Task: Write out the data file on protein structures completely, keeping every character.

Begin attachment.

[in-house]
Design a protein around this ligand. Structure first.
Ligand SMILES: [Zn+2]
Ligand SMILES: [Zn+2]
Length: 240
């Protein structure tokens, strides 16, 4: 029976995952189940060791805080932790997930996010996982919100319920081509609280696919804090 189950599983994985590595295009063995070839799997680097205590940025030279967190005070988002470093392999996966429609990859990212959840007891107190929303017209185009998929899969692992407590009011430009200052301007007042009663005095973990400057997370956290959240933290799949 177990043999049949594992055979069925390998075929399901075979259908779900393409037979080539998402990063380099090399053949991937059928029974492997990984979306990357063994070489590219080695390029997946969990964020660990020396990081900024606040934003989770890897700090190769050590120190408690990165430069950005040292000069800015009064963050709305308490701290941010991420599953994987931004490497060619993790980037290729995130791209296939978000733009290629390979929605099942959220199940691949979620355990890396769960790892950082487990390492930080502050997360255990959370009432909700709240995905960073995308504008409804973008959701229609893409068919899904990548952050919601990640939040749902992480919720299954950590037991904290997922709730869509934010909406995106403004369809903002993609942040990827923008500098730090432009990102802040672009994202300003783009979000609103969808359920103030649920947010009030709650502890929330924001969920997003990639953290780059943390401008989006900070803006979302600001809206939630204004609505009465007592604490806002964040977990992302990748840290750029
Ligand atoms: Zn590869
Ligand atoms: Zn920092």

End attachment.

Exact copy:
[in-house]
Design a protein around this ligand. Structure first.
Ligand SMILES: [Zn+2]
Ligand SMILES: [Zn+2]
Length: 240
């Protein structure tokens, strides 16, 4: 029976995952189940060791805080932790997930996010996982919100319920081509609280696919804090 189950599983994985590595295009063995070839799997680097205590940025030279967190005070988002470093392999996966429609990859990212959840007891107190929303017209185009998929899969692992407590009011430009200052301007007042009663005095973990400057997370956290959240933290799949 177990043999049949594992055979069925390998075929399901075979259908779900393409037979080539998402990063380099090399053949991937059928029974492997990984979306990357063994070489590219080695390029997946969990964020660990020396990081900024606040934003989770890897700090190769050590120190408690990165430069950005040292000069800015009064963050709305308490701290941010991420599953994987931004490497060619993790980037290729995130791209296939978000733009290629390979929605099942959220199940691949979620355990890396769960790892950082487990390492930080502050997360255990959370009432909700709240995905960073995308504008409804973008959701229609893409068919899904990548952050919601990640939040749902992480919720299954950590037991904290997922709730869509934010909406995106403004369809903002993609942040990827923008500098730090432009990102802040672009994202300003783009979000609103969808359920103030649920947010009030709650502890929330924001969920997003990639953290780059943390401008989006900070803006979302600001809206939630204004609505009465007592604490806002964040977990992302990748840290750029
Ligand atoms: Zn590869
Ligand atoms: Zn920092």